Mac Mini - nervousness

Discussion in 'Buying Tips, Advice and Discussion (archive)' started by kurdt_the_goat, May 22, 2005.

  1. kurdt_the_goat macrumors newbie

    Joined:
    May 22, 2005
    #1
    Hey all

    I dont have the money to splurge on something really fancy - So i'm looking at getting a mac mini.

    So i just want to get some opinions on the current hardware - i'd be looking at the faster processor and upgrading the ram of course..

    Does it really pack much power into the box?
    Admittedly, i'll be keeping the heavy duty work i do on my pc - i foresee mac mini being used for mainly music, movies, learning a new OS, trying out software with no equivalent on windows.. etc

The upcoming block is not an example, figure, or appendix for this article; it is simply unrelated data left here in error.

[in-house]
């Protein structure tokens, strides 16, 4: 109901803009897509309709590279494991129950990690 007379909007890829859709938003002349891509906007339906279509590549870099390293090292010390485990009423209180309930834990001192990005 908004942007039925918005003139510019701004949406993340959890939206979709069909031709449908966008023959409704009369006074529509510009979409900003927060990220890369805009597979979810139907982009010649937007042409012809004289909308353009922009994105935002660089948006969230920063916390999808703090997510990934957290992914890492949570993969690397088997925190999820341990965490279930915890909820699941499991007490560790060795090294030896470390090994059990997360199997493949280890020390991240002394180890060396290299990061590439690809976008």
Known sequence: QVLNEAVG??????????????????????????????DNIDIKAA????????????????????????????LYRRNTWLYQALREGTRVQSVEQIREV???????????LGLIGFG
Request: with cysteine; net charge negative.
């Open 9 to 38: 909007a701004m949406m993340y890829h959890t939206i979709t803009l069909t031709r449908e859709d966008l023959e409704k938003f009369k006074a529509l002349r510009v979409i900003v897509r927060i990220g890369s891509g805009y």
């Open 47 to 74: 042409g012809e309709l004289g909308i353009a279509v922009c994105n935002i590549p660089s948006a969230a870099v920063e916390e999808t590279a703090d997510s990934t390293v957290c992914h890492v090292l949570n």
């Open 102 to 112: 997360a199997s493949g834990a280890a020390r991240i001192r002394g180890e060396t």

Mainly i'd be doing web-development work, so i'm eager to try out some text editors like subethaedit, skedit and bbedit. I realise these wont exactly hurt a 32mb graphics card, but - 32mb really is very y2k of them isnt it? How does it handle tiger in general?

    Anyway, im' just looking for opinions so shout it out :) Thanks in advance
     
  2. mad jew Moderator emeritus

    mad jew

    Joined:
    Apr 3, 2004
    Location:
    Adelaide, Australia
    #2
    You're right in that the mini is hardly the current pinnacle of modern technology but nonetheless, it'll meet your needs quite easily IMO. But as you said, grab as much RAM as possible. The first thing to learn about OSX is how RAM-hungry it can be. Otherwise, just sit back and enjoy the experience. :)
     
  3. brap macrumors 68000

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    May 10, 2004
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    Nottingham
    #3
    Typing this on a 1.33GHz Powerbook (last year's model).